A new study from Rutgers University in the US probes the enduring mystery: why do we fall in love with one person and not another?
Dr. Helen Fisher, a biological anthropologist, suggests that the answer lies in your brain chemistry, LiveScience reports. She discussed her research
recently at the Being Human conference in New Jersey.
For that feel-good romantic feeling and sexual drive, we can thank brain chemicals such as dopamine and testosterone, she said. But a specific balance of chemicals shapes our personalities and affects the type of people we are drawn to romantically, the report said. Some of us like people who are more like us. For others, opposites attract.
LiveScience reports that Fisher scoured scientific literature to determine the brain chemicals associated with certain physiological traits and then formulated a personality assessment to determine which combination of chemicals is dominant in a given person. She administered the test to 28,000 people on a dating website and then watched to see whom they selected in their matches.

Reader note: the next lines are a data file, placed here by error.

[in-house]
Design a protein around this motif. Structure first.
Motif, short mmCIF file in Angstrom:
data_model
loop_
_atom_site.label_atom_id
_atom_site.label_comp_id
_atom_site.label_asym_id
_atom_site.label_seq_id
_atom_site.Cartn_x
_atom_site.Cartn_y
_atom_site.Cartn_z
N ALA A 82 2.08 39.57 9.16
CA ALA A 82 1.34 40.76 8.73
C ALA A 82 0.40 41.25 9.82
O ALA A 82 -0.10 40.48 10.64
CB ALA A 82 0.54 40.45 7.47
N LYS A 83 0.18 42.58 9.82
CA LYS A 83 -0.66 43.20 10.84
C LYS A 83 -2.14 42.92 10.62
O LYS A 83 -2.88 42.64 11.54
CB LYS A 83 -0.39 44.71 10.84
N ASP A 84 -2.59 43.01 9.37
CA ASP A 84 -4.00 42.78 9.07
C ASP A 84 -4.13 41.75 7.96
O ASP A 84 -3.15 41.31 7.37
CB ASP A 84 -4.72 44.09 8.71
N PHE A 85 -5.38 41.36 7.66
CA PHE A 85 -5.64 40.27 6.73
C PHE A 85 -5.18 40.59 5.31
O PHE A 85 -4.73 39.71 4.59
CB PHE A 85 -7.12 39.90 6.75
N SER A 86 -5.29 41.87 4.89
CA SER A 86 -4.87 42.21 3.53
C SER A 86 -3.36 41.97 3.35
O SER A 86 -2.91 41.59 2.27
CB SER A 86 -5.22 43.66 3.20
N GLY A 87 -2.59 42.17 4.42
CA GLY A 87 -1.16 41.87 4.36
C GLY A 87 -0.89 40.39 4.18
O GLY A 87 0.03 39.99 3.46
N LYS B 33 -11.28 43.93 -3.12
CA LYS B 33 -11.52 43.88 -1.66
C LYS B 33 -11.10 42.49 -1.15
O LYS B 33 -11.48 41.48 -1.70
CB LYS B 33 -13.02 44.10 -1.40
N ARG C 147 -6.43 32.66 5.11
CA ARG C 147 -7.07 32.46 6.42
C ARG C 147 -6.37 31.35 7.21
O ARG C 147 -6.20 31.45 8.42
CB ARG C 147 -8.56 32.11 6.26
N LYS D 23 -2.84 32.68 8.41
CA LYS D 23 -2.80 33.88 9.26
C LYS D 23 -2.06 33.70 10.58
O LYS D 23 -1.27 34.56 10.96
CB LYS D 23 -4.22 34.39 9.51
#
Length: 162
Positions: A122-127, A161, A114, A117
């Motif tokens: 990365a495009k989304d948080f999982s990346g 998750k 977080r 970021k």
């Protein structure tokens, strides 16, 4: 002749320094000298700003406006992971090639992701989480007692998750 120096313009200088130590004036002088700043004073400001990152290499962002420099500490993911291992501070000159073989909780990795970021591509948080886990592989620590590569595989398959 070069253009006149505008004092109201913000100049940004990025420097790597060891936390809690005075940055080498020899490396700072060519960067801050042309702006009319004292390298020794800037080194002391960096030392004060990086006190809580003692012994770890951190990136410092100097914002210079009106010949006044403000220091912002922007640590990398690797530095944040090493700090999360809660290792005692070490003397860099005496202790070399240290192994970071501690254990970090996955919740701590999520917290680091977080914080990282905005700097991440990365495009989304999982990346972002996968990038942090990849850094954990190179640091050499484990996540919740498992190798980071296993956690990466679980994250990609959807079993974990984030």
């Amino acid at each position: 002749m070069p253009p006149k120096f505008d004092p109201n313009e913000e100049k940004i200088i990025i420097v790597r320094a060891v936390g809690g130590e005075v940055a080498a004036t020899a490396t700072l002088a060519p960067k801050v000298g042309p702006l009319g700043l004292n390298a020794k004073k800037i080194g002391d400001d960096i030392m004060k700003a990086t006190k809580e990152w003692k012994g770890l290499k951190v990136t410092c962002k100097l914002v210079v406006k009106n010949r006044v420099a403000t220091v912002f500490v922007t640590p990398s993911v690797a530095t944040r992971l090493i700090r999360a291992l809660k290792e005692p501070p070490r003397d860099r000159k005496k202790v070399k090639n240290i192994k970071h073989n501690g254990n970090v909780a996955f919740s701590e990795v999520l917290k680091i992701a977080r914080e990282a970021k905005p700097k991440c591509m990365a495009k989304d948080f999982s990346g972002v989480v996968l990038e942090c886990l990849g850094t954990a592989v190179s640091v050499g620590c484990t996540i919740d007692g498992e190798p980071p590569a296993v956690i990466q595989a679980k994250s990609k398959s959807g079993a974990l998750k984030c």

Findings showed that people with "active dopamine systems tended to be reward-driven and impulsive, seeking out novelty and experience and getting bored easily," LiveScience writes. They also "tended to be curious, energetic, and mentally flexible, but not particularly introspective." "They like their own type," Fisher said.
Serotonin also plays a role and is linked with personality types that are less anxious and more social. These types also tend to be more conscientious, religious, and drawn to people more like themselves.
But those with testosterone-dominant personalities -- often highly analytical and competitive -- tended to be drawn to people with personalities associated with high estrogen and oxytocin levels, who are more nurturing and introspective, the report said. The effect worked both ways, with the estrogen/oxytocin group being drawn to people who were more testosterone dominant.
Still, while these factors may spark attraction and the flood of emotions in early love, what keeps a couple together? Fisher says it boils down to one skill: "the simple ability to overlook everything you cannot stand in someone," she said.
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